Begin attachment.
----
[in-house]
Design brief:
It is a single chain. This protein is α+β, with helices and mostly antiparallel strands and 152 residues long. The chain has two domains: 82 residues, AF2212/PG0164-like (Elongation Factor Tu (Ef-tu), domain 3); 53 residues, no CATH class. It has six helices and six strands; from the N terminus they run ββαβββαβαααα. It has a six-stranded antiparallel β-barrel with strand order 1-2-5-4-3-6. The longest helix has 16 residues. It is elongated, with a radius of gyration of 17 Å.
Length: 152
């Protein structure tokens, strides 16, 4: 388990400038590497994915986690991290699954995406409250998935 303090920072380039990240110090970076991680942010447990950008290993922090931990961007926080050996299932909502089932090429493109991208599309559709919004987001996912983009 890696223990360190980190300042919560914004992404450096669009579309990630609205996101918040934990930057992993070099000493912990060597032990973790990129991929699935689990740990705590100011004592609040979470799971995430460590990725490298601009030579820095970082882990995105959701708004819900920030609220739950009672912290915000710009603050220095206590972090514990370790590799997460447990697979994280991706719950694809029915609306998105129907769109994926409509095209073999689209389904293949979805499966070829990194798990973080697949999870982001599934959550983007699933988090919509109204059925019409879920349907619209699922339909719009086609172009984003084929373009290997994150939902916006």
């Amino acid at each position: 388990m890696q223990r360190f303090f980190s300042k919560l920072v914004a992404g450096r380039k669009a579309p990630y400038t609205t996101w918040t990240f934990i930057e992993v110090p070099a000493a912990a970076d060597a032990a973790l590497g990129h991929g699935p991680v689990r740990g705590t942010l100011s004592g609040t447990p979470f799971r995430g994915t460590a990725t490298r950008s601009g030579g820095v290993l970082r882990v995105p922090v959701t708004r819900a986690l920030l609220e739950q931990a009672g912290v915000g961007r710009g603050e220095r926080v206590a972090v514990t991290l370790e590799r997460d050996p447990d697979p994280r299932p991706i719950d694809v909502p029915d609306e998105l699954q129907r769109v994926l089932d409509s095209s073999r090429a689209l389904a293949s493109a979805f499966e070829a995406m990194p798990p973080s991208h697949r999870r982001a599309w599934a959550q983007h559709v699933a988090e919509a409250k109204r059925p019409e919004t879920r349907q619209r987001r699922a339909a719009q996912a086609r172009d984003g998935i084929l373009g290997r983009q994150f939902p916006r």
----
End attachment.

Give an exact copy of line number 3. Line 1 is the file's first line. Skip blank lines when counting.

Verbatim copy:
It is a single chain. This protein is α+β, with helices and mostly antiparallel strands and 152 residues long. The chain has two domains: 82 residues, AF2212/PG0164-like (Elongation Factor Tu (Ef-tu), domain 3); 53 residues, no CATH class. It has six helices and six strands; from the N terminus they run ββαβββαβαααα. It has a six-stranded antiparallel β-barrel with strand order 1-2-5-4-3-6. The longest helix has 16 residues. It is elongated, with a radius of gyration of 17 Å.